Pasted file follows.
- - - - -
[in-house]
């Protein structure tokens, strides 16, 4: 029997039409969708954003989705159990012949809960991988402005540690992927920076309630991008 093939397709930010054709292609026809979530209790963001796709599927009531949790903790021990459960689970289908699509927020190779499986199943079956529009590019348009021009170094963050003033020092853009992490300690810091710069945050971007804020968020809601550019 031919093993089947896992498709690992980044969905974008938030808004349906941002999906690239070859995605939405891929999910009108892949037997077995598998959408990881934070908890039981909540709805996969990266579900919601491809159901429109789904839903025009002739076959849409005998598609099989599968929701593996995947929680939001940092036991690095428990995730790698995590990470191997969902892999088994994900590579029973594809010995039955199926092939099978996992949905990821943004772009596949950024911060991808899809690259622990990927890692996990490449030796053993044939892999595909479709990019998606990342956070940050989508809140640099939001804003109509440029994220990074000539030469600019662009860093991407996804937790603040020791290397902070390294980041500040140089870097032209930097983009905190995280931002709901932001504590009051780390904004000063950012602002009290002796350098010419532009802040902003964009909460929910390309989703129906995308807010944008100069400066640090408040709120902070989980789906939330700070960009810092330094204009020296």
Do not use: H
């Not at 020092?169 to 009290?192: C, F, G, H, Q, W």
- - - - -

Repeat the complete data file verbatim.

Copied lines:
[in-house]
């Protein structure tokens, strides 16, 4: 029997039409969708954003989705159990012949809960991988402005540690992927920076309630991008 093939397709930010054709292609026809979530209790963001796709599927009531949790903790021990459960689970289908699509927020190779499986199943079956529009590019348009021009170094963050003033020092853009992490300690810091710069945050971007804020968020809601550019 031919093993089947896992498709690992980044969905974008938030808004349906941002999906690239070859995605939405891929999910009108892949037997077995598998959408990881934070908890039981909540709805996969990266579900919601491809159901429109789904839903025009002739076959849409005998598609099989599968929701593996995947929680939001940092036991690095428990995730790698995590990470191997969902892999088994994900590579029973594809010995039955199926092939099978996992949905990821943004772009596949950024911060991808899809690259622990990927890692996990490449030796053993044939892999595909479709990019998606990342956070940050989508809140640099939001804003109509440029994220990074000539030469600019662009860093991407996804937790603040020791290397902070390294980041500040140089870097032209930097983009905190995280931002709901932001504590009051780390904004000063950012602002009290002796350098010419532009802040902003964009909460929910390309989703129906995308807010944008100069400066640090408040709120902070989980789906939330700070960009810092330094204009020296």
Do not use: H
């Not at 020092?169 to 009290?192: C, F, G, H, Q, W």